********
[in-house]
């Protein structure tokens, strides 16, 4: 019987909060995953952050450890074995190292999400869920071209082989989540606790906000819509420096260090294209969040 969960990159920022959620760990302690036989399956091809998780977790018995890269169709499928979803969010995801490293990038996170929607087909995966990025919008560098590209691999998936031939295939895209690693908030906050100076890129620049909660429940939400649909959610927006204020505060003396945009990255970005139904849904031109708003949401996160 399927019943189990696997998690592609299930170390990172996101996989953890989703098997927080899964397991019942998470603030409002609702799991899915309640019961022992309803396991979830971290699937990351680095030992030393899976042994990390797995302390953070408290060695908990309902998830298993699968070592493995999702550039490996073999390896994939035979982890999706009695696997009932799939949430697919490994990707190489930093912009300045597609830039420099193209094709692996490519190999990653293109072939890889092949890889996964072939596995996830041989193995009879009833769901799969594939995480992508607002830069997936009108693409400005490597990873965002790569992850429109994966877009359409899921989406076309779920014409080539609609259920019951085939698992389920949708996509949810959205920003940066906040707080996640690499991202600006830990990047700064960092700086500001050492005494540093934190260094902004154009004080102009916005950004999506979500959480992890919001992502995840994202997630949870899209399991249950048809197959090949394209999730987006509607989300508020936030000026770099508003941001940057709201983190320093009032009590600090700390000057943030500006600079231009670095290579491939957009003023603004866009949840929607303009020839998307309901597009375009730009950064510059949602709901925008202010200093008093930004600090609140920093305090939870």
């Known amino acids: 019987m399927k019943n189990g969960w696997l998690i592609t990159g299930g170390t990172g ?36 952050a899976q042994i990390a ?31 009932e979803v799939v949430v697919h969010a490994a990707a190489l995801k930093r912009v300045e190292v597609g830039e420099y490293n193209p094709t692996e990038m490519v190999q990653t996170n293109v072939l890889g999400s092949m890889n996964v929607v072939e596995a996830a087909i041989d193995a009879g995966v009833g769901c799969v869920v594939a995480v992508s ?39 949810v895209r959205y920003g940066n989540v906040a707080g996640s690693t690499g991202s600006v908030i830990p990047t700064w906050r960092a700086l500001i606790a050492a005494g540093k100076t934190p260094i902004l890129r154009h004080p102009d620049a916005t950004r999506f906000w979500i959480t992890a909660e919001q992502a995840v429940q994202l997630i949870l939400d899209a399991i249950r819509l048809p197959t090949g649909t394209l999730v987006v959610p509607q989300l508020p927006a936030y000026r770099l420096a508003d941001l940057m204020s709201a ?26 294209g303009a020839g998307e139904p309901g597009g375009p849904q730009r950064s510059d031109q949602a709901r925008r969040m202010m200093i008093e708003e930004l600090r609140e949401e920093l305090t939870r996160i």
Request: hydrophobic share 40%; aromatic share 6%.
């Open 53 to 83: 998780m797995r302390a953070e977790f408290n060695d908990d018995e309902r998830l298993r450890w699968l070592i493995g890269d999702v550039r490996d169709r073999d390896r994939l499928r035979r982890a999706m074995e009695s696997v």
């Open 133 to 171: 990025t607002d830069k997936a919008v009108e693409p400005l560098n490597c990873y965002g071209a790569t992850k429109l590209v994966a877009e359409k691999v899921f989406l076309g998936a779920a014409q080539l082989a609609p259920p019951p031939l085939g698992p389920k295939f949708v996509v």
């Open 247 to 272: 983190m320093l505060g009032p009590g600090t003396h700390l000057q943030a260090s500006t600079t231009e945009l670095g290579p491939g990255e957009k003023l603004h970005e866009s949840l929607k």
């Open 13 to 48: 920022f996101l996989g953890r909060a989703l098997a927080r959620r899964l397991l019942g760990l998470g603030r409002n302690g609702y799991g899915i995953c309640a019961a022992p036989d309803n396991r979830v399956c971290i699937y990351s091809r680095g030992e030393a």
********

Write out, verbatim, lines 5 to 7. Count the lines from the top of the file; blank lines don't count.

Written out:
């Open 53 to 83: 998780m797995r302390a953070e977790f408290n060695d908990d018995e309902r998830l298993r450890w699968l070592i493995g890269d999702v550039r490996d169709r073999d390896r994939l499928r035979r982890a999706m074995e009695s696997v």
């Open 133 to 171: 990025t607002d830069k997936a919008v009108e693409p400005l560098n490597c990873y965002g071209a790569t992850k429109l590209v994966a877009e359409k691999v899921f989406l076309g998936a779920a014409q080539l082989a609609p259920p019951p031939l085939g698992p389920k295939f949708v996509v």
């Open 247 to 272: 983190m320093l505060g009032p009590g600090t003396h700390l000057q943030a260090s500006t600079t231009e945009l670095g290579p491939g990255e957009k003023l603004h970005e866009s949840l929607k």